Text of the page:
MUHA has used Press Ganey to measure patient satisfaction. Recently, hospital leadership decided to change using Avatar International, a tool that’s used to measure customer satisfaction in health care.
Since October, Avatar has been used to survey all MUSC patients, with the exception of the Children’s Hospital and Peds ED areas, which will remain with Press Ganey due to their specific patient population. Leadership led the change based on customizable surveys based on the patient services received and flexibility allowing the system to ask patients about surgery, physical therapy, CT scans, ICU, etc.—activities that can be used during a patient’s stay and customizable questions and health education information based on diagnosis and patient diseases, etc. Rating scale between Avatar and Press Ganey also is different and more user friendly. Smith emphasized that employees need to continue providing the best patient care and service to all patients.

Hand hygiene
Since January, the medical center has moved forward in its ongoing hand hygiene campaign to reduce the spread of infection. 

The Centers for Disease Control and Prevention estimates that each year there are more than 1.7 million health care-associated infections. And those people who are infected develop it during the course of receiving health care. Of the 1.7 million, about 99,000 will result in death for that patient. As a result, potentially more than 90 people could die from infections each year.

June Darby, Neurosciences Service Line manager, reminded all employees to clean their hands using soap and water (15 seconds) or use hand sanitizer. Employees should wash hands after using the restroom; before and after eating; after sneezing or coughing; when entering or leaving a patient’s room and putting on or disposing of gloves. Darby recognized Digestive Disease Center/6East’s Rhonda Flynn, R.N., for establishing hand hygiene best practices and education ideas with ART employees.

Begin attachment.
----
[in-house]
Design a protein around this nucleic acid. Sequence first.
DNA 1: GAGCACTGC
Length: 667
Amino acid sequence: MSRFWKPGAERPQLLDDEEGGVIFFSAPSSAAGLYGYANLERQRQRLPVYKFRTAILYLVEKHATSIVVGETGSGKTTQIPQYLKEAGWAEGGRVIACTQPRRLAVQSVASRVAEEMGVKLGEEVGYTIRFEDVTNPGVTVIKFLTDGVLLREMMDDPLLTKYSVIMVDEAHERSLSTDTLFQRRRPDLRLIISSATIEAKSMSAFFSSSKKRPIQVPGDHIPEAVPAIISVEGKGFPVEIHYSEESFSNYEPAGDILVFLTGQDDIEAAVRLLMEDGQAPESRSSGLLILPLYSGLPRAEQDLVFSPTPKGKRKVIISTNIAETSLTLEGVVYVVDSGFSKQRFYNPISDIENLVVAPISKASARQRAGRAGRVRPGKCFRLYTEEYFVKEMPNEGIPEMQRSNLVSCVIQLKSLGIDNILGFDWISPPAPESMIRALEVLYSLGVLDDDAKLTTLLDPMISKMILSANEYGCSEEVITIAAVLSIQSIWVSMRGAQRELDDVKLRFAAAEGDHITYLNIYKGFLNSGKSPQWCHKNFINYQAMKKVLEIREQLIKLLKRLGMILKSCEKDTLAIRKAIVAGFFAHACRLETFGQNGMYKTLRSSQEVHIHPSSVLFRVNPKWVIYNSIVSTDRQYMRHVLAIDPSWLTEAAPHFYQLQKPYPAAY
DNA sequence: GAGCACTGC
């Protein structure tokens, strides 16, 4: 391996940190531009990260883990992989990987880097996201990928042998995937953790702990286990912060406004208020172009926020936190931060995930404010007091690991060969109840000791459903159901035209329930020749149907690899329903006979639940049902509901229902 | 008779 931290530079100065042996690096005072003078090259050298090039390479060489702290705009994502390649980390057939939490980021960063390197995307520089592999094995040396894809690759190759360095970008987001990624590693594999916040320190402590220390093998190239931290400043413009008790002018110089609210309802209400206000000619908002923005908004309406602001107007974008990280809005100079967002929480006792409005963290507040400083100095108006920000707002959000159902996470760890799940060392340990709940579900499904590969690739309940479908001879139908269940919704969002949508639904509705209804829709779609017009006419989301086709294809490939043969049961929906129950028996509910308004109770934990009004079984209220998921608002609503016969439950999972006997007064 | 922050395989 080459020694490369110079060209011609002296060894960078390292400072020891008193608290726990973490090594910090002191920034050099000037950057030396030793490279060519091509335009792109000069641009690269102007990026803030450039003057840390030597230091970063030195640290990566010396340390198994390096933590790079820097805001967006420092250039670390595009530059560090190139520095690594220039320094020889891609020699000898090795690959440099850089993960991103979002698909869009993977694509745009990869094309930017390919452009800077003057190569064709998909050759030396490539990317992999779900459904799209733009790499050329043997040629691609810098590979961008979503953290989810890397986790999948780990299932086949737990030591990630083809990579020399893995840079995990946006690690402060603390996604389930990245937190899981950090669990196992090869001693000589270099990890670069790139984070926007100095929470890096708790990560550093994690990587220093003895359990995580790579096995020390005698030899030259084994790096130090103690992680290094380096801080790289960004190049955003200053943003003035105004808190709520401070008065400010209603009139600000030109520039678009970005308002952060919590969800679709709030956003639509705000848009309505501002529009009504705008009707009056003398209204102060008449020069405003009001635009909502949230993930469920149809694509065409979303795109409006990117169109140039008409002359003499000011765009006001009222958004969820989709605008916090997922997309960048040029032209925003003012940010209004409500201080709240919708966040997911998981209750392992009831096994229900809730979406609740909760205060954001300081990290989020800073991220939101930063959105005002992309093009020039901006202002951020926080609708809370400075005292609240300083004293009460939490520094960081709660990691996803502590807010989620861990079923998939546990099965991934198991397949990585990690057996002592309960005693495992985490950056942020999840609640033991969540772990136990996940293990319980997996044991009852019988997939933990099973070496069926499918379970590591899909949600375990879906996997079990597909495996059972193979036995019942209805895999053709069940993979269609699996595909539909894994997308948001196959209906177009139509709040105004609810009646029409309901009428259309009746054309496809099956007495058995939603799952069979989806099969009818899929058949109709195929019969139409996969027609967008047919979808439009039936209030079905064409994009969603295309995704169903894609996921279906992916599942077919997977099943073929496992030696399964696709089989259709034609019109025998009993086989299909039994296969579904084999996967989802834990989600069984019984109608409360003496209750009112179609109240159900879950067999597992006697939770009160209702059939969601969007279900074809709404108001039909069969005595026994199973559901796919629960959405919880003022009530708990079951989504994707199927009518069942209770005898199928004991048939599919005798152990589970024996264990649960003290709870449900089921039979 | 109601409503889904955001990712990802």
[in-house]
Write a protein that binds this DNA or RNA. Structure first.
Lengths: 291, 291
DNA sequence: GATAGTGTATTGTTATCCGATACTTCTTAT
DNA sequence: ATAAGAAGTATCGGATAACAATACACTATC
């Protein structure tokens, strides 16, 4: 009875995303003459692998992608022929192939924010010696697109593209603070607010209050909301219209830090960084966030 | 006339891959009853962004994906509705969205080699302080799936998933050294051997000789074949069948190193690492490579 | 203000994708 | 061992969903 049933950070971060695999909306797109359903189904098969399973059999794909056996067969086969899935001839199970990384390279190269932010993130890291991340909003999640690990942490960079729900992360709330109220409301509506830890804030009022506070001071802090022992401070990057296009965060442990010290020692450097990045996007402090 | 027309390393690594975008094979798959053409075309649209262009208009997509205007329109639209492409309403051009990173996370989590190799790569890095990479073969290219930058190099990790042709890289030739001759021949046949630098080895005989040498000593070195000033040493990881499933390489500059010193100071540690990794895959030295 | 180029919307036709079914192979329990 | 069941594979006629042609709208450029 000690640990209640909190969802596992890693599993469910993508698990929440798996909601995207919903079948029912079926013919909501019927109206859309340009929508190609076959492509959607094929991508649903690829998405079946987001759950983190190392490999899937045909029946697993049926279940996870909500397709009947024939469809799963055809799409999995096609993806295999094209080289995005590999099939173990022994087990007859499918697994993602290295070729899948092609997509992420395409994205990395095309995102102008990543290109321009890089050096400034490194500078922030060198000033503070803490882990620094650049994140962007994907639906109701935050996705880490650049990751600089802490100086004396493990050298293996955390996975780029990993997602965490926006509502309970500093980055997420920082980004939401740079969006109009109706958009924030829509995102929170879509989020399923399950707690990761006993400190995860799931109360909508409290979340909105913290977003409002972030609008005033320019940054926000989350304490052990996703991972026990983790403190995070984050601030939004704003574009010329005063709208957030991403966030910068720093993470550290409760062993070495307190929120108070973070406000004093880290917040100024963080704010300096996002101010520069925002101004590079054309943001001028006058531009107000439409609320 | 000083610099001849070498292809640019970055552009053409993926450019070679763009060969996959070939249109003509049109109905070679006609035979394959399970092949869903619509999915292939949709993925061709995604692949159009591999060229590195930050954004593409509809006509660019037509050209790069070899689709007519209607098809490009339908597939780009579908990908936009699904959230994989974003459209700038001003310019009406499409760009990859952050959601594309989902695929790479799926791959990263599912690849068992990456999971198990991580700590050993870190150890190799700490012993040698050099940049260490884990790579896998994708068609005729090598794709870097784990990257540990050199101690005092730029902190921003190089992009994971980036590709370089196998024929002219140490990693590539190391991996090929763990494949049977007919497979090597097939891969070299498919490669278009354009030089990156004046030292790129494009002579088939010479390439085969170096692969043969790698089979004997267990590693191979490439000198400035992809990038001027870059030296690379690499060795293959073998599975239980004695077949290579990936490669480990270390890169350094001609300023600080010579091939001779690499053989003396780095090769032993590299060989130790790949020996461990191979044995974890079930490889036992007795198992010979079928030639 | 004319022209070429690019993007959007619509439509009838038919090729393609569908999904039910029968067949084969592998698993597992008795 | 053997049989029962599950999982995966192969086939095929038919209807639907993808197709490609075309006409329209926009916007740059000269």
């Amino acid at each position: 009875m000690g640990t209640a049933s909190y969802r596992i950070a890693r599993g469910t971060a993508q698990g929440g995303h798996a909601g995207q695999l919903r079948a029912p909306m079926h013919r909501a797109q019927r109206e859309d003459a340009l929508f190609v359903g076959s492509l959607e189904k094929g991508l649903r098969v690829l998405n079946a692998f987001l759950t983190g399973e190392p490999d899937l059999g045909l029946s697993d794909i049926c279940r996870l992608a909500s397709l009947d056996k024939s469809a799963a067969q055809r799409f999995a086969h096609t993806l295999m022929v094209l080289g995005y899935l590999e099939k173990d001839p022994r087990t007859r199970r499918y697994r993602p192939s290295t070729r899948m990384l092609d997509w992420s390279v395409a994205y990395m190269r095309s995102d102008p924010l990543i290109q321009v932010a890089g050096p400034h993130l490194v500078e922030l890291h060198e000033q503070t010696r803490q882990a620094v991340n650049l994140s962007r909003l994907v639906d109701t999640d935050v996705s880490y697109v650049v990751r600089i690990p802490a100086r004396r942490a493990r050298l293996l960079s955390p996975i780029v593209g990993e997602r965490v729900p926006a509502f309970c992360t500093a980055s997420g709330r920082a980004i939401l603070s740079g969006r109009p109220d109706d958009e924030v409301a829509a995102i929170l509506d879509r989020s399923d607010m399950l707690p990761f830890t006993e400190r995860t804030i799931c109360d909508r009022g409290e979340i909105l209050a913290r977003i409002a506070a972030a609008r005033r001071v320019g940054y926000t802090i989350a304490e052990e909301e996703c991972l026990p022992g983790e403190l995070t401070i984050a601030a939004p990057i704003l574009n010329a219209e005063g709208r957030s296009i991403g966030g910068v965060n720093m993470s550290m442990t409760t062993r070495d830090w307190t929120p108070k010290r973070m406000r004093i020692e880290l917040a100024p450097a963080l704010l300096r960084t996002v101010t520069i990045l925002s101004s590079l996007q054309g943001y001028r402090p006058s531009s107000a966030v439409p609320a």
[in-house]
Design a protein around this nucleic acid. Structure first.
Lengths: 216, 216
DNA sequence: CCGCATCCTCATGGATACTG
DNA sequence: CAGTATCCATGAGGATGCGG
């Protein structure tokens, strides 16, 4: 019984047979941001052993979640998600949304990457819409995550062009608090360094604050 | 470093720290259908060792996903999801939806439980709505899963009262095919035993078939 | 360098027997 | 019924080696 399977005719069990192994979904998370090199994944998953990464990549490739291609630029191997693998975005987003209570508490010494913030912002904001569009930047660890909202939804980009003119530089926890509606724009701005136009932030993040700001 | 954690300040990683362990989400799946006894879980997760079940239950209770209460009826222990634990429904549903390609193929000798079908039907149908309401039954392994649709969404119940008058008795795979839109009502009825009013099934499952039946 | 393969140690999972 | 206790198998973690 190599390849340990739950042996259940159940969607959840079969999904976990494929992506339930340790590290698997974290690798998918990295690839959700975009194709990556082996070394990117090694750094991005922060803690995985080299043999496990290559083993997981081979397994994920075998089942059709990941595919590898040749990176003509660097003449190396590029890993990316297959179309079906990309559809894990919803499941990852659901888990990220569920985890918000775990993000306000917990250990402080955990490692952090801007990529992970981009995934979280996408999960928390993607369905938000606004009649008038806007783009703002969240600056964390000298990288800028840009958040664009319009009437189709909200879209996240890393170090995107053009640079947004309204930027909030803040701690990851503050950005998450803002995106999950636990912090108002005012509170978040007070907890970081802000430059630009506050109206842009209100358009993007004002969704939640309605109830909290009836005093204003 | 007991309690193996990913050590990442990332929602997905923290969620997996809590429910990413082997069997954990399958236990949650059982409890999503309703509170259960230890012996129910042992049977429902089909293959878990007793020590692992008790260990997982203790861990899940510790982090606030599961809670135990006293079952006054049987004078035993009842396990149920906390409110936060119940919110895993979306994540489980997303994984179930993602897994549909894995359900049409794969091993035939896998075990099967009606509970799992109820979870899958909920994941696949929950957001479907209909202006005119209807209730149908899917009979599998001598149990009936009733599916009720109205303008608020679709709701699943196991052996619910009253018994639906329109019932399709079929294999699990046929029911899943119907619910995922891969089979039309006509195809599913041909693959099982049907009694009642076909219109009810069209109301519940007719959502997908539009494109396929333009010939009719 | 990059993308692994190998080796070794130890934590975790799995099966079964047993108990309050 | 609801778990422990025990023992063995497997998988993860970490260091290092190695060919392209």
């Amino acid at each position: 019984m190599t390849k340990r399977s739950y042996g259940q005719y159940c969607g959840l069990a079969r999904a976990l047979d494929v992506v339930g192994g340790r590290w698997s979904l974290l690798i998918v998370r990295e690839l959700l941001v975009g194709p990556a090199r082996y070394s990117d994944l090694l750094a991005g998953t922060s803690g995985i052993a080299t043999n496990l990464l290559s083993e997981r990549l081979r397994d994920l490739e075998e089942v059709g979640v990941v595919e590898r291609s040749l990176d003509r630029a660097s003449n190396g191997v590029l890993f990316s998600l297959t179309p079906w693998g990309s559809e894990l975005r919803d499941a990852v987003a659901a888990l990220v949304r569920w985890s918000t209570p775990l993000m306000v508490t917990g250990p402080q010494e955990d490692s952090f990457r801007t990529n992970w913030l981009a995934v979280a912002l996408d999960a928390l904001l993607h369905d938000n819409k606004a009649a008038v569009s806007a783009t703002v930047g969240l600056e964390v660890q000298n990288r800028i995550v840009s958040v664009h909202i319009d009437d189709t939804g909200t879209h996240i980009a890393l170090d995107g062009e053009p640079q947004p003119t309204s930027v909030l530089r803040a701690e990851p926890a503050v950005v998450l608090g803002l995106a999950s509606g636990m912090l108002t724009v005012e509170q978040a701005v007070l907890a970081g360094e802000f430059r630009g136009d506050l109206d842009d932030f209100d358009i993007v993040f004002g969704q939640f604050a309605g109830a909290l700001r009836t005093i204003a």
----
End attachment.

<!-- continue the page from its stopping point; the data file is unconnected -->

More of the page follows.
Health care reform
In March, Congress passed the country’s Health Care Reform bill designed to provide medical coverage to 32 million Americans who are currently uninsured. Darby spoke about challenges that MUSC as both a praovider and employer will experience on both state and national levels.

On a statewide level, South Carolina is already experiencing budget shortages for 2011 and 2012, which may mean there could be monetary shortages in the budget to fully fund the state’s Medicaid program. It is difficult to predict the overall outcome in this area.

Darby explained that in a worst case scenario, Medicaid payment could decrease for FY 2011 by about $50 million. Nationally, Americans continue to age, which includes the baby boom generation and increases the number of Americans enrolled in Medicaid. Analysts predict that Medicare will change the way it pays for care.
For example, Medicare is already withholding payments for care associated with “never” events——hospital falls, hospital-acquired infections, etc. Hospitals and physicians will continue to be challenged to find new ways of caring for patients while reducing costs. Other expected changes relate to adjusted payments based on how a hospital’s performance measures.
To help prepare for change and potential payment reductions, hospital leaders want to identify ways that the organization can reduce costs by 10 percent while preserving quality and safety (i.e. MUHA’s 5 & 5 Plans (5 percent reduction in costs each year for two years). This plan focuses on reducing errors and avoidable events, creating efficient workflows and improving efficiency while managing expenses.